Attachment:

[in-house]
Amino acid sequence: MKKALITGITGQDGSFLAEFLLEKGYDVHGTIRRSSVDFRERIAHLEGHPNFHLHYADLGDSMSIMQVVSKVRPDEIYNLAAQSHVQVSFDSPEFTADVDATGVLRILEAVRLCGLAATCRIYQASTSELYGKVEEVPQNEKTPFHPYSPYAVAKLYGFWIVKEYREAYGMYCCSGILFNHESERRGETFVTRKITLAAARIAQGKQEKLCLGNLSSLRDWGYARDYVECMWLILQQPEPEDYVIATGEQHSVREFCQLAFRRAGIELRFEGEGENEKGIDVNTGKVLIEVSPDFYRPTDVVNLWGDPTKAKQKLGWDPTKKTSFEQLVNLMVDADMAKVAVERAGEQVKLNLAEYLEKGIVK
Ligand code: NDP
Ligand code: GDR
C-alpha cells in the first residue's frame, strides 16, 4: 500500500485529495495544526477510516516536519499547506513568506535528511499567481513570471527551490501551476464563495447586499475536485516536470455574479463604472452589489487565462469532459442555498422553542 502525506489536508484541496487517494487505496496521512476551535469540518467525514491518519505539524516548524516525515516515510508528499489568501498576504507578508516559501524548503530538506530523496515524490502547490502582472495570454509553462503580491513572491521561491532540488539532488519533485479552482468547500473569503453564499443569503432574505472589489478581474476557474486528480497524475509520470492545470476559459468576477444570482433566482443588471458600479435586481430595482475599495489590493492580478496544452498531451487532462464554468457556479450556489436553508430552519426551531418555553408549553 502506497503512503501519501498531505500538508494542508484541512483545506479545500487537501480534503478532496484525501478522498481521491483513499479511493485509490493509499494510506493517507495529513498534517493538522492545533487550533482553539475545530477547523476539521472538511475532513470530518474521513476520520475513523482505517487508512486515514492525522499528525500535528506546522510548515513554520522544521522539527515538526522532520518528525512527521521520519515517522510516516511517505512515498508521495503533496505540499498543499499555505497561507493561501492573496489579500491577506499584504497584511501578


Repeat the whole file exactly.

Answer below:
[in-house]
Amino acid sequence: MKKALITGITGQDGSFLAEFLLEKGYDVHGTIRRSSVDFRERIAHLEGHPNFHLHYADLGDSMSIMQVVSKVRPDEIYNLAAQSHVQVSFDSPEFTADVDATGVLRILEAVRLCGLAATCRIYQASTSELYGKVEEVPQNEKTPFHPYSPYAVAKLYGFWIVKEYREAYGMYCCSGILFNHESERRGETFVTRKITLAAARIAQGKQEKLCLGNLSSLRDWGYARDYVECMWLILQQPEPEDYVIATGEQHSVREFCQLAFRRAGIELRFEGEGENEKGIDVNTGKVLIEVSPDFYRPTDVVNLWGDPTKAKQKLGWDPTKKTSFEQLVNLMVDADMAKVAVERAGEQVKLNLAEYLEKGIVK
Ligand code: NDP
Ligand code: GDR
C-alpha cells in the first residue's frame, strides 16, 4: 500500500485529495495544526477510516516536519499547506513568506535528511499567481513570471527551490501551476464563495447586499475536485516536470455574479463604472452589489487565462469532459442555498422553542 502525506489536508484541496487517494487505496496521512476551535469540518467525514491518519505539524516548524516525515516515510508528499489568501498576504507578508516559501524548503530538506530523496515524490502547490502582472495570454509553462503580491513572491521561491532540488539532488519533485479552482468547500473569503453564499443569503432574505472589489478581474476557474486528480497524475509520470492545470476559459468576477444570482433566482443588471458600479435586481430595482475599495489590493492580478496544452498531451487532462464554468457556479450556489436553508430552519426551531418555553408549553 502506497503512503501519501498531505500538508494542508484541512483545506479545500487537501480534503478532496484525501478522498481521491483513499479511493485509490493509499494510506493517507495529513498534517493538522492545533487550533482553539475545530477547523476539521472538511475532513470530518474521513476520520475513523482505517487508512486515514492525522499528525500535528506546522510548515513554520522544521522539527515538526522532520518528525512527521521520519515517522510516516511517505512515498508521495503533496505540499498543499499555505497561507493561501492573496489579500491577506499584504497584511501578